Roses grown here include Rosa gallica versicolour (Fair Rosamund). Every plant in this part of the garden is aromatic, including meadowsweet, Indian physic, sweet cicely, lovage, lavender, hyssop, lemon balm and garlic chives. Features include turf seats in Mediaeval style, a "cut out view" of the park through the beech hedge and pleached lime walks (which were favoured in 17th c. gardens). The paths of camomile are designed to release their fragrance at the touch of a foot, or in earlier centuries, the hem of a long dress. A gargoyle, partly hidden by the ornamental vine, brings the sound of water.

Clinton Lodge Gardens

Having circled the herb garden, turn left to the Potager. The design follows the plan of a church, the wide path of the nave leading through the centre of a series of beds laid out as in a Mediaeval garden. Arches covered in cordon apples frame views of massed flowers for cutting for the house, mingled with vegetables. Tunnels of matacuna sweet peas, Painted Lady runner beans and vines, give height to generous blocks of pale campanula, orlya, ammi stocks, larkspur, and antirrhinum, while delicisou hemerocalis flava and courgettes and spinach maintain the potager concept.

Return to the Pear Walk, underplanted with spring bulbs, alliums and later scented crimson species of lilies. At the far end the iron gate leads to a short woodland walk newly planted with hawthorns and laburnum mariesii.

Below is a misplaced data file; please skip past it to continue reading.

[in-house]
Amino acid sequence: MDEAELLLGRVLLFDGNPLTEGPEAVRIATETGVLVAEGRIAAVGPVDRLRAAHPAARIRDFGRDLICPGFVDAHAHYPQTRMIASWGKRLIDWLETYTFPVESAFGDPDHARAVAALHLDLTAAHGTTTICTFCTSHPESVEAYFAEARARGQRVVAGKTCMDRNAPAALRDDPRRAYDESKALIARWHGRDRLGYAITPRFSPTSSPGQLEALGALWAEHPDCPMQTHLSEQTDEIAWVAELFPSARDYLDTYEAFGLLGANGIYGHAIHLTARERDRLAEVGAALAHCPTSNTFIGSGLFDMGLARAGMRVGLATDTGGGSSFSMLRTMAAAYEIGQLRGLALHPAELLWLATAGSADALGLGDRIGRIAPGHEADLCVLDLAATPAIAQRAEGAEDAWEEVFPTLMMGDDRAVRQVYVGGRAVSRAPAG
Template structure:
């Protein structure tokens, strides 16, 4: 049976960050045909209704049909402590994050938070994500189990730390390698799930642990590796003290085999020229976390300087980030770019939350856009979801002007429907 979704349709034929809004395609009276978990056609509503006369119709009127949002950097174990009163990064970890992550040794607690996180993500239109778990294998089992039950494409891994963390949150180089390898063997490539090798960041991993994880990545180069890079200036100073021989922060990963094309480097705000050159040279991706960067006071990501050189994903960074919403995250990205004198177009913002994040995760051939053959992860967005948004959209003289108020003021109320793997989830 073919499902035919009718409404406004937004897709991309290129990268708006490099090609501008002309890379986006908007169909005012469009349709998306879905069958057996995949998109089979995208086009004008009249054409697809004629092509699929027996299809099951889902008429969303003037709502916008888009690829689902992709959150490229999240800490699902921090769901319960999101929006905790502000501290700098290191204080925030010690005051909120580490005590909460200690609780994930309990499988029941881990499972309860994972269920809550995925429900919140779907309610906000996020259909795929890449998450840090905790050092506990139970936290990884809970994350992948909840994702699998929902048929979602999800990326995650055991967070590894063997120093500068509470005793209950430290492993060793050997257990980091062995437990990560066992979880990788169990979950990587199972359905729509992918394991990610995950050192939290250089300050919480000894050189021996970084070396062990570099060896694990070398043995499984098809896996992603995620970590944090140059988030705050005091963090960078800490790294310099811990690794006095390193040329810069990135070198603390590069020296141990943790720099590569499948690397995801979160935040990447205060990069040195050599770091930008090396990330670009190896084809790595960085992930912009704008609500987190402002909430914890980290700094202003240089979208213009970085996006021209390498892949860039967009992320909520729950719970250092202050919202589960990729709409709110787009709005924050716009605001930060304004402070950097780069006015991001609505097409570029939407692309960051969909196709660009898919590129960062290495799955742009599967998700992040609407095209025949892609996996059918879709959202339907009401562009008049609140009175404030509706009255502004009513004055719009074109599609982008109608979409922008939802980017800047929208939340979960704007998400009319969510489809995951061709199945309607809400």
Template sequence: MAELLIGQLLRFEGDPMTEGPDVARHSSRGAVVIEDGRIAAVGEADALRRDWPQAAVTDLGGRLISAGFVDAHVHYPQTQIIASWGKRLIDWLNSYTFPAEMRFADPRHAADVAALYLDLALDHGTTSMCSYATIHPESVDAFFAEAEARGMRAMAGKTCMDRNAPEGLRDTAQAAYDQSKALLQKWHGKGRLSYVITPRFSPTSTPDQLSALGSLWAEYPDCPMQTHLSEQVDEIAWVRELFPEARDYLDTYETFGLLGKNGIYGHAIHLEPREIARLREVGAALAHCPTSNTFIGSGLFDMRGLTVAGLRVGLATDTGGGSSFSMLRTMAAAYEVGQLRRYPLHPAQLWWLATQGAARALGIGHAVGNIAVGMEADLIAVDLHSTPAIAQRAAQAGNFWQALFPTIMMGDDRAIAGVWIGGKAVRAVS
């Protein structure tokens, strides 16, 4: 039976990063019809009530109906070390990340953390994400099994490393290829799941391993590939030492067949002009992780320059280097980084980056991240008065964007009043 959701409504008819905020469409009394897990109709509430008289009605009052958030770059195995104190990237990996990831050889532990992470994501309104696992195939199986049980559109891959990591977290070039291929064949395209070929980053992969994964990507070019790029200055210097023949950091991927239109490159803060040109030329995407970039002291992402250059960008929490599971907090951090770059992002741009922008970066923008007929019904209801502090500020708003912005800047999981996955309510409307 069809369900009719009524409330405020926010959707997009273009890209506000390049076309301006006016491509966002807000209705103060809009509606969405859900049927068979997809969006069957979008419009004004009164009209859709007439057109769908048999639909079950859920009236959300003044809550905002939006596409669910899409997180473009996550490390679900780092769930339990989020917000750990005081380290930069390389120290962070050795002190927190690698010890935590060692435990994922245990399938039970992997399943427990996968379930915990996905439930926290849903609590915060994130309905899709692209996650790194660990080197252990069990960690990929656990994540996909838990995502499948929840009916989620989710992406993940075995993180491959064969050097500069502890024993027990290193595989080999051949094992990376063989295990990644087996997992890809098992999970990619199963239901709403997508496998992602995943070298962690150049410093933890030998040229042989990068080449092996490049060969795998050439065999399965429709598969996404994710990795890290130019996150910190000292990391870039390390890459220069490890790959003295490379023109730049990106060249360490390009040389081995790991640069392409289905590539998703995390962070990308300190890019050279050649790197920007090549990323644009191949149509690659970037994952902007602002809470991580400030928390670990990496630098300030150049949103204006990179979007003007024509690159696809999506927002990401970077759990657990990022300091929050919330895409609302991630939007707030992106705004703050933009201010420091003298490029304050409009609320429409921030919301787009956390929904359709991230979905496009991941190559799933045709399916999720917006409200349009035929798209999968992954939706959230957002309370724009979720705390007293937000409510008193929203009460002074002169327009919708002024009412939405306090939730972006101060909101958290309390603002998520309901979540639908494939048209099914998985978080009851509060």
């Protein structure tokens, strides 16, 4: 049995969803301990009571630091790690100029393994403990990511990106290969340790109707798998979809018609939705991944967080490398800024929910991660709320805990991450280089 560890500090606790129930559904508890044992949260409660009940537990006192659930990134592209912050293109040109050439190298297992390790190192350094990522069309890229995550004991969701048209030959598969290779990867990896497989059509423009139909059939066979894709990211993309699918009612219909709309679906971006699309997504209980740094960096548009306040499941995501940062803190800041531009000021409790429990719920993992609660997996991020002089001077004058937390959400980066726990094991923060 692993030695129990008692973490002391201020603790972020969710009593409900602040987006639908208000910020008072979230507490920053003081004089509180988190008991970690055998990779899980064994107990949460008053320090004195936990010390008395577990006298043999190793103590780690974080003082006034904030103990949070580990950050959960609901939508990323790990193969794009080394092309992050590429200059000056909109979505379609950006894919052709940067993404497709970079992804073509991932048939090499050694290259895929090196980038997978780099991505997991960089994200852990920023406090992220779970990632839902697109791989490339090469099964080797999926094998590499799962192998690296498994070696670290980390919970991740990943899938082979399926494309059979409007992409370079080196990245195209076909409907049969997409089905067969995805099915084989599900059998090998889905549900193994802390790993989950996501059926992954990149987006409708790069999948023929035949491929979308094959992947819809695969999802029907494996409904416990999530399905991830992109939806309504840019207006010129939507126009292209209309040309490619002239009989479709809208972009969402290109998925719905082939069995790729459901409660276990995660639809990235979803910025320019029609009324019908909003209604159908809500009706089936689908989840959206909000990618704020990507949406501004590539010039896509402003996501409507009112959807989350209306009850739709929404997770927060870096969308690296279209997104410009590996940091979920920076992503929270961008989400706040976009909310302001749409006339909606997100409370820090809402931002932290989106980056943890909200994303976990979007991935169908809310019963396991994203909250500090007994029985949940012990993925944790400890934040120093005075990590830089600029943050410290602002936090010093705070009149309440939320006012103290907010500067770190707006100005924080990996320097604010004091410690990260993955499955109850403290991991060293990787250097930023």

Clinton Lodge Gardens

The way back to the formal gardens is along the young fastigiated hornbeam walk, through the Wild Flowers, noticing the chimneys of the house through the arches, but before reaching the herbaceous borders turn left into the Pye Garden. As you walk through the new arbour, which will be covered in white roses you will see the water feature by William Pye. The sound of the water mingles with the scent of the roses, all known in the 18th and 19th centuries, trained to nose height and with romantic names such as Chapeau de Napoleon, Empress Josephine, and Compte de Chambord, all grown tall enough for you to bury your nose in the glorious blooms.

Clinton Lodge Gardens

As you pass through the tranquillity of the mulberry garden turn right to look down the Cistern Garden where fountains lead through yew hedges to a 17th century Italian marble cistern. The yew is gradually recovering from the dreaded Phytophthora fungus which developed aftet the floods of 2000.

Clinton Lodge Gardens

In early June, pass along the peony walk, all pink and white scented varieties and turn right into the Pool Garden. An arcade of apples circles the pool and in late summer pollarded pawlonia and tall hydrangeas and cleomie give a jungle effect.

Clinton Lodge Gardens

On the way back to the vinery, where tea and home baked cakes await, stroll through the Shady Glade of white scented philadelphus and paniculata hydrangeas beneath the lime trees, and the small apple orchard underplanted with massed crinums, flowering in August.

We hope you enjoy your visit.